Forum Home Forum Home > Topics not related to music > General discussions
  New Posts New Posts RSS Feed - Any else listen to Sam Harris' Waking Up podcasts?
  FAQ FAQ  Forum Search   Events   Register Register  Login Login

Any else listen to Sam Harris' Waking Up podcasts?

 Post Reply Post Reply
Author
Message
Logan View Drop Down
Forum & Site Admin Group
Forum & Site Admin Group
Avatar
Forum Moderator

Joined: April 05 2006
Location: Utopia
Status: Offline
Points: 14575
Post Options Post Options   Thanks (0) Thanks(0)   Quote Logan Quote  Post ReplyReply Direct Link To This Post Topic: Any else listen to Sam Harris' Waking Up podcasts?
    Posted: July 21 2017 at 16:29
I'm just wondering if anyone else here listens to the Sam Harris' Waking Up podcast?

https://www.samharris.org/podcast/full_archive


Whatever one think of Sam Harris, and thinks of his political and religious views, he has discussions with many very interesting and intelligent guests on a diverse range of subjects.


Edited by Logan - July 21 2017 at 16:42
"The very powerful and the very stupid have one thing in common. They donít alter their views to fit the facts. They alter the facts to fit the views" (Doctor Who - The Face of Evil, Jan 22, 1977).
Back to Top
condor View Drop Down
Forum Senior Member
Forum Senior Member
Avatar

Joined: May 24 2005
Location: Norwich
Status: Offline
Points: 746
Post Options Post Options   Thanks (0) Thanks(0)   Quote condor Quote  Post ReplyReply Direct Link To This Post Posted: August 12 2017 at 18:14
Thanks for the suggestion
Back to Top
Logan View Drop Down
Forum & Site Admin Group
Forum & Site Admin Group
Avatar
Forum Moderator

Joined: April 05 2006
Location: Utopia
Status: Offline
Points: 14575
Post Options Post Options   Thanks (0) Thanks(0)   Quote Logan Quote  Post ReplyReply Direct Link To This Post Posted: August 14 2017 at 13:00
Thanks for responding, Condor.

His podcasts have been useful to me, especially since I've been trying to get the old noodle to work better after damaging it a while back (mostly my memory was affected -- I used to have a very good memory-- and I still get headaches). I tend to agree with Harris and his guests views, and share similar interests, so it's going to be entertaining to me than most.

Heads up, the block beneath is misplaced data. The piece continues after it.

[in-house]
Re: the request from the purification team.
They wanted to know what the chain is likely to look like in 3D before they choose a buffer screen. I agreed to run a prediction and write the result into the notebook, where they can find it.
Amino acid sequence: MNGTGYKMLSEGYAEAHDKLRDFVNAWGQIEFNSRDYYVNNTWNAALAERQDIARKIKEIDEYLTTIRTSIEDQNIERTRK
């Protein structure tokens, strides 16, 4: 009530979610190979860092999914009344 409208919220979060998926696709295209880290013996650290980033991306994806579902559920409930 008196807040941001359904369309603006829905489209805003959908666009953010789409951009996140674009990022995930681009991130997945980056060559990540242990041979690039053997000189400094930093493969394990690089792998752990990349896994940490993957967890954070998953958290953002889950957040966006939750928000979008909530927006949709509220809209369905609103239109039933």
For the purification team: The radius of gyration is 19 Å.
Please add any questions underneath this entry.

I had thought there might be some people here who do listen to his podcasts because I did a topic over a year ago on Hitchens and Dawkins and Sam Harris, as well as Lawrence Krauss, Neil deGrasse Tyson, Danniel Dennet and others were mentioned in it. It was at that point that I decided to explore those people more (well, I already loved Tyson for Cosmos). I have since seen Krauss live and, for Vancouverites, Sam Harris, Richard Dawkins, and Matt Dillahunty will be having an event in November. I planned to buy tickets but I know no one that would be interested and going to these kinds of things alone is kind of sad (probably sold out by now).

Anyway, I did another topic on Sam Harris before, and I probably shouldn't have done this one. http://www.progarchives.com/forum/forum_posts.asp?TID=109468

I can't recommend any particular podcast to you as I don't know your interests well-enough, but my favourite was Abusing Delores with Paul Bloom where he discusses the case for rational compassion instead of empathy.

I also enjoyed his latest a great deal. I listen to the through his site, but they are also available on youtube:

https://www.youtube.com/watch?v=kNLOJ-3rL60